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Birch v Birch: an overview

Date:28 JUL 2017
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Jenna Lucas
Irwin Mitchell LLP

In Birch v Birch [2017] UKSC 53, the appellant (‘W’) has successfully appealed to the Supreme Court and her case is to be remitted for hearing in relation to an undertaking which she gave pursuant to a consent order dated 26 July 2010.

The issue the Supreme Court was asked to consider was whether the court should apply s 31 of the Matrimonial Causes Act 1973 to the application to vary the undertaking, or whether the court was constrained by the Court of Appeal authority to apply a narrower approach (Omielan v Omielan [1996] 2 FLR 306), even if this was considered to be inconsistent with the children’s best interests.

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On the breakdown and dissolution of their marriage W and the respondent to the appeal (‘H') entered into a consent order, the elements of which are relevant to this appeal provided:

  • H was to have no interest in the former family home, and transfer the property to W subject to the mortgage;
  • W gave an undertaking to release H from the mortgage by 30 September 2012, and by virtue of undertaking she promised that if she was not able to do so, the property would be sold in order to achieve H’s release.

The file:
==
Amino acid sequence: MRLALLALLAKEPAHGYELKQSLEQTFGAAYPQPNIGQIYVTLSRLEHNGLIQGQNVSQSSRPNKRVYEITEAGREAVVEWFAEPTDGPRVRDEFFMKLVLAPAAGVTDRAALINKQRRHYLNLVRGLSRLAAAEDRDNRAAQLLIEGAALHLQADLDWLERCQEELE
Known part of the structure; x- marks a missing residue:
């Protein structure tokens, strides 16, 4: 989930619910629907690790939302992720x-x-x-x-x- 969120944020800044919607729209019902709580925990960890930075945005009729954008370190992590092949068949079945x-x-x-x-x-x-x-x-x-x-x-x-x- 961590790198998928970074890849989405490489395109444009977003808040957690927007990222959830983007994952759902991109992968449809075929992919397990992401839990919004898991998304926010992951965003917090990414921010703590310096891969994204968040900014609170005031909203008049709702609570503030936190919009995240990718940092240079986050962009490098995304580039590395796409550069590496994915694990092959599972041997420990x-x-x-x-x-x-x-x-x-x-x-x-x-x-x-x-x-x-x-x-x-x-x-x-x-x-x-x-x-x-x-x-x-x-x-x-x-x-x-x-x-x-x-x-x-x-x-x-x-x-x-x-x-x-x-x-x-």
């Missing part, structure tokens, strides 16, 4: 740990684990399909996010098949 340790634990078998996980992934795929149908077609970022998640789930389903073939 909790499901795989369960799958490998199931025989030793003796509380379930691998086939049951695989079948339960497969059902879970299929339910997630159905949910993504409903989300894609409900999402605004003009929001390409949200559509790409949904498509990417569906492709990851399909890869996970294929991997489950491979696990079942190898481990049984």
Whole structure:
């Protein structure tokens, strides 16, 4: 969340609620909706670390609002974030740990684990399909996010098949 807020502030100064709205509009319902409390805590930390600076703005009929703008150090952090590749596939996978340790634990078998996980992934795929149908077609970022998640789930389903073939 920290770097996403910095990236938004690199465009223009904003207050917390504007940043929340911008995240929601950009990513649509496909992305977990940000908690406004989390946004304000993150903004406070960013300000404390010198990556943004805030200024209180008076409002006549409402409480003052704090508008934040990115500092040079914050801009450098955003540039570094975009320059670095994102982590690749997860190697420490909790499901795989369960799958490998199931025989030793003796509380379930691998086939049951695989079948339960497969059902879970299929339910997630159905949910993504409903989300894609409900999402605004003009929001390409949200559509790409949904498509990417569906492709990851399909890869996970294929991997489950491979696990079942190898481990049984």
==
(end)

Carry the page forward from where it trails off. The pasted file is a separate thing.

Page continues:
W and H have two children born 16.02.00 and 15.08.01 (so now aged 17 and almost 16) who resided and continue to reside with W at the former family home.

By November 2011 it was apparent that W would not be able to release H from the mortgage and she made an application to the court to vary, seeking an amendment to provide that H would be released from the mortgage or, in default, the property be sold when the youngest child reached 18, or both of the children completed their full time education.

W made her application pursuant to s 31 of the Matrimonial Causes Act, analogous to an order for sale under s 24A, presumably so as to ensure that the court would be required to give first consideration to the children’s best interests when determining the application.

The district judge at first instance listed a hearing to determine if the court had jurisdiction to consider the W’s application to vary. W’s application was dismissed on the basis that there was no jurisdiction for the court to consider the claim. Permission to appeal was refused.

W then sought and obtained permission to appeal to HHJ Waller, who also dismissed W’s appeal.

W then applied to the Court of Appeal; she was granted permission to bring a second appeal limited to the issue of whether the court had jurisdiction to entertain the application.